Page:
I finally got around to seeing this, probably his most critically-acclaimed flick. With so much I heard about it over the years, I thought I pretty much had it pegged, and I somewhat did.
The criticism of suburban America and the two sides of society came as no surprise, as they shouldn't to anyone who has read the most simplistic of plot summaries. Dennis Hopper was just as insane as I would have expected. Given this script, any filmmaker could have said, more or less, the same thing. Where it excels and what I give Lynch mad props for as a director is bringing the material to life in such a bizarre and strange way that the material takes on a strange power or potency that my previous complacency didn't anticipate. But I'm not talking about the showstoppers, the famous close ups of bugs or the ear or even the infamous scene between Isabella Rossellini and Hopper. What got me about the flick is the indeterminate universe in which it takes place. For all its golden oldie pop tunes and skinny ties, the movie might as well be a 1950's period piece.
Except it isn't. I have an unworked (and probably incorrect) theory that the 4 decades from 50 to 80 are bookended in decades based on materialism, traditional values, and economic hegemony. But what Lynch does is to take the American iconography of pop music, brand names, firetrucks, etc. and put it through a filter of pure 1970's nihilism. A character like Hopper's Frank Booth comes directly out of that tradition of filmmaking, and I think I find that conflict and dynamic between periods allows me to ignore the more typical and boring aspects of the film (i.e. the rather straight-forward narrative only punctuated by Lynch's odd sensibility and several standout scenes).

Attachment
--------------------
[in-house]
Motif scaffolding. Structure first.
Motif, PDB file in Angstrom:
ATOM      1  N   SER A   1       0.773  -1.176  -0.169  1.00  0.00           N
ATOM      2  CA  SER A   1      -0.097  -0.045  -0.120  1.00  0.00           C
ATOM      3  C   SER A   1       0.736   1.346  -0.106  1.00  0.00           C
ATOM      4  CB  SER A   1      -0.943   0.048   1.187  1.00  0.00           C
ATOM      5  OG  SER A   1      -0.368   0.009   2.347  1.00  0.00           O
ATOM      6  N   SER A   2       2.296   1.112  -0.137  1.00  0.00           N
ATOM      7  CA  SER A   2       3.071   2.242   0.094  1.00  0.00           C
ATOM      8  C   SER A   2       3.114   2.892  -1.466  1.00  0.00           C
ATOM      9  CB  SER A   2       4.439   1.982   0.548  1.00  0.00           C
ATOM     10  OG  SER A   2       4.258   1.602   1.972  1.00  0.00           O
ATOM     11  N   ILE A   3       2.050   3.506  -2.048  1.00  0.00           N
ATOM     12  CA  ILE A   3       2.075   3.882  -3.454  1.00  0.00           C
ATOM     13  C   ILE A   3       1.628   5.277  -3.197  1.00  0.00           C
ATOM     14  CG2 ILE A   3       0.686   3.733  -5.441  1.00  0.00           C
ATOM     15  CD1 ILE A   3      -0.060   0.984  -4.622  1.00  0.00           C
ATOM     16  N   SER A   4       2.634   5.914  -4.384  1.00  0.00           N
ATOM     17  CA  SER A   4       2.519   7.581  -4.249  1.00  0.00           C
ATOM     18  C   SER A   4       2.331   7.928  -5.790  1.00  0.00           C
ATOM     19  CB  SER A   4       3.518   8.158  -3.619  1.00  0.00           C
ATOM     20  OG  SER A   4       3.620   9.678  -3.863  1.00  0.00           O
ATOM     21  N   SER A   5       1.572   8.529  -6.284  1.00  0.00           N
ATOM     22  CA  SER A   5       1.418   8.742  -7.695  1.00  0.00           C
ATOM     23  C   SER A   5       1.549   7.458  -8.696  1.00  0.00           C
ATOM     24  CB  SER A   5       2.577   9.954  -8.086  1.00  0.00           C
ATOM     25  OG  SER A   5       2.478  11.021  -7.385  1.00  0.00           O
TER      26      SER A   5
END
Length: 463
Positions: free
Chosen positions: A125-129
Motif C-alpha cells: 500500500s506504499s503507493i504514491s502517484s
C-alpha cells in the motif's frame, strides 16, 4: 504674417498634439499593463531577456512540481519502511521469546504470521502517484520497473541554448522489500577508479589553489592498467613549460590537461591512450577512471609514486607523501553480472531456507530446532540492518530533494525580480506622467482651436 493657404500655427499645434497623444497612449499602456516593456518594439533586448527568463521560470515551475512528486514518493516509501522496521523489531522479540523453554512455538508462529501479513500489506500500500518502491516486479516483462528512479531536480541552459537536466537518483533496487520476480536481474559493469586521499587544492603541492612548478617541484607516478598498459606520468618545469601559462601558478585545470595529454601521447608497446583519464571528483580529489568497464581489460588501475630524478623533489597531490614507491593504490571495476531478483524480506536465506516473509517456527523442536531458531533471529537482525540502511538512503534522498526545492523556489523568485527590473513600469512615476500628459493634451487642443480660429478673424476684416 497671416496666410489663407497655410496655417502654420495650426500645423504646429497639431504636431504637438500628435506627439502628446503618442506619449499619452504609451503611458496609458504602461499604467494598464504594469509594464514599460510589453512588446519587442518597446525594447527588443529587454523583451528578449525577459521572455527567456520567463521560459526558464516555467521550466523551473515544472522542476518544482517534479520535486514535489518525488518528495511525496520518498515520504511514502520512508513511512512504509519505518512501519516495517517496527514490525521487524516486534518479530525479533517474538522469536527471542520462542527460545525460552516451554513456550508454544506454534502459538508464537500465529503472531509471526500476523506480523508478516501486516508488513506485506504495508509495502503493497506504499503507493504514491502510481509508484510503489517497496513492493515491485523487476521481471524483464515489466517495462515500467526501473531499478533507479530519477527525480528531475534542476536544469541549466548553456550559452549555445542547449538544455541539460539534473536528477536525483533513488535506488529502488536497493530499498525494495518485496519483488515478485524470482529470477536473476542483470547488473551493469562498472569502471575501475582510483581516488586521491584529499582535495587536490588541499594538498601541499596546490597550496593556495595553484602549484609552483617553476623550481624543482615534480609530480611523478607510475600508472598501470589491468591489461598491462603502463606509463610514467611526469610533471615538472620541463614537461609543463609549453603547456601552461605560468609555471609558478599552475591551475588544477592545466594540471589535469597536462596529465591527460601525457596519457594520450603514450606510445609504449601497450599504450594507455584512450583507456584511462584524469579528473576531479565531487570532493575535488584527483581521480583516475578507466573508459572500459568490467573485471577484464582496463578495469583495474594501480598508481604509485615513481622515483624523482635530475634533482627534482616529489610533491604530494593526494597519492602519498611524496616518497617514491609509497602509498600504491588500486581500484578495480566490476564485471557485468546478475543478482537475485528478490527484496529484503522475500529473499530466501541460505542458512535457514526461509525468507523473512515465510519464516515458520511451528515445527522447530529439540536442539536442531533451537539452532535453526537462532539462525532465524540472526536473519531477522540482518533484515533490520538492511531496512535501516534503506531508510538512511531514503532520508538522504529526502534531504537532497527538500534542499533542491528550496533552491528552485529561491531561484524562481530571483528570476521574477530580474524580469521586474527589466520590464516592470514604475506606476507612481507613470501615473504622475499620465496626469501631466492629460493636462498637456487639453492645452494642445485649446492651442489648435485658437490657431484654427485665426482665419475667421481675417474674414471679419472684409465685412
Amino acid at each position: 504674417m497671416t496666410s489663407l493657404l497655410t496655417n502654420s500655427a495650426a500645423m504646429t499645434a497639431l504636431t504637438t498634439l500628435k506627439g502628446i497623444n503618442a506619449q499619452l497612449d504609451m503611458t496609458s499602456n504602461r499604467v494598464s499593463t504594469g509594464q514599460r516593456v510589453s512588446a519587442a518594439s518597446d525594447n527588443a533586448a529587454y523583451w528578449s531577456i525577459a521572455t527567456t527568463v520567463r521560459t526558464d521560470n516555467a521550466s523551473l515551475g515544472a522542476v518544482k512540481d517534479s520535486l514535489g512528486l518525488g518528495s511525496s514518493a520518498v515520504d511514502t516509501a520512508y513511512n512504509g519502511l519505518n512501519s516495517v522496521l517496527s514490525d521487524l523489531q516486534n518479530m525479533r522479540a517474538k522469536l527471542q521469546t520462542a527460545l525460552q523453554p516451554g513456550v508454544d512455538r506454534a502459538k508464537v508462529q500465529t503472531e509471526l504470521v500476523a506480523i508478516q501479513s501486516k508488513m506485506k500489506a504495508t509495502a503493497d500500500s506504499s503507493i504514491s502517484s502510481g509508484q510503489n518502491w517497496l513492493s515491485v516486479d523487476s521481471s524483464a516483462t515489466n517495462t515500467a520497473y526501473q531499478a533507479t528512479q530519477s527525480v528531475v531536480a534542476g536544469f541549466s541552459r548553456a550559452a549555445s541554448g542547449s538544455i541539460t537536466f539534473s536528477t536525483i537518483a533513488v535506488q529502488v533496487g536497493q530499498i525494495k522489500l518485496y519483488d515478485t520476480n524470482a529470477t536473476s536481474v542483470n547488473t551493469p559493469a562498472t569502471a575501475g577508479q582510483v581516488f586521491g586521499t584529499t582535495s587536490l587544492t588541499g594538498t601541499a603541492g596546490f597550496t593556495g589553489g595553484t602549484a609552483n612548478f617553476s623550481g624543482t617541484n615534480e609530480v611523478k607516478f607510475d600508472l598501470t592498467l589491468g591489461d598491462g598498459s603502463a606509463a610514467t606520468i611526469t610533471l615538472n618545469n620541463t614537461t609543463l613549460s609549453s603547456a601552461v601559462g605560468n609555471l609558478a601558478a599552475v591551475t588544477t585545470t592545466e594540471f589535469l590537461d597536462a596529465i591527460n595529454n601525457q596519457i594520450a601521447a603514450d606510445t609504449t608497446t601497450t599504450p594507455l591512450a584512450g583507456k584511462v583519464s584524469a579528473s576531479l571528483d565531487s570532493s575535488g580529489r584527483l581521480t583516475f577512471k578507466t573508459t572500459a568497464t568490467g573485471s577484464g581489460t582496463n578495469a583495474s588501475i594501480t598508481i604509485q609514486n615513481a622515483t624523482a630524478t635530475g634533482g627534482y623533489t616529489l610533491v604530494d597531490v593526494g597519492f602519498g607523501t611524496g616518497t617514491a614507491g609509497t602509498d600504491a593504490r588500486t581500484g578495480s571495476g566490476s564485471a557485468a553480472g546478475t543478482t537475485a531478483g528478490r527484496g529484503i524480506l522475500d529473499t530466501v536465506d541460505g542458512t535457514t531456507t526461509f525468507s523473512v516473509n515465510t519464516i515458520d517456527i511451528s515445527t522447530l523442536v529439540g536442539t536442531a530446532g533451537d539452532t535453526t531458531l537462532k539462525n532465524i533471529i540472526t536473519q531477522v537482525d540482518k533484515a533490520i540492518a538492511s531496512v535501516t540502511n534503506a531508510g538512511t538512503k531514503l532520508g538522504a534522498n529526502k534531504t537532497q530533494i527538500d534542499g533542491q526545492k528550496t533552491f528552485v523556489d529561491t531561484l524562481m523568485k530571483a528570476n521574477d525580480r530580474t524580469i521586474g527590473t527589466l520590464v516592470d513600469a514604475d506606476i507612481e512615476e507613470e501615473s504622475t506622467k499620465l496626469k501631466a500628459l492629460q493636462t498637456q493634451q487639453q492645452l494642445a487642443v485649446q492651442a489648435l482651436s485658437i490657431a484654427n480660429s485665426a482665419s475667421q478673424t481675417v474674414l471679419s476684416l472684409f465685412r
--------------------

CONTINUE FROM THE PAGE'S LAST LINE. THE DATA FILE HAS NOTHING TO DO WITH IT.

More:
**** out of **** In the fictional logging town of Lumberton, writer-director David Lynch has created an urban landscape pretty enough for a postcard. In a creepy opening, we see men on trucks waving from the streets, dads watering the grass, and flowers growing in front of a white picket fence. The town is a portrait of what an idealistic 1950's society must have been like; content, peaceful, sociable. Or at least this is how we felt it ought to be. Water from a hose meets … more
The finest and most famous of David Lynch's films often requires repeated viewings for one to appreciate it. It's quite accessible - far more so than his particularly cryptic projects - but its earnest celebration of small-town innocence, lurid depravity and oddly deadpan performances are likely to challenge the most weathered sensibilities of those few remaining uninitiated cinephiles. By forcing audiences to accept what might seem hokey or facetious at face value by contrasting the movie's … more
Blue Velvet was David Lynch's return to what he does best. Surrealistic dramas. After the box office failure of his big budgeted sci-fi/ fantasy epic that was based upon the novel DUNE, Lynch was looking for a much smaller project. A returning into the mainstream Dennis Hopper makes a career renewing performance as the psychotic Frank Booth. This film was a much needed shot-in-the-arm for both men. They would both be immortalized in 80's Americana thanks to Blue Velvet. The … more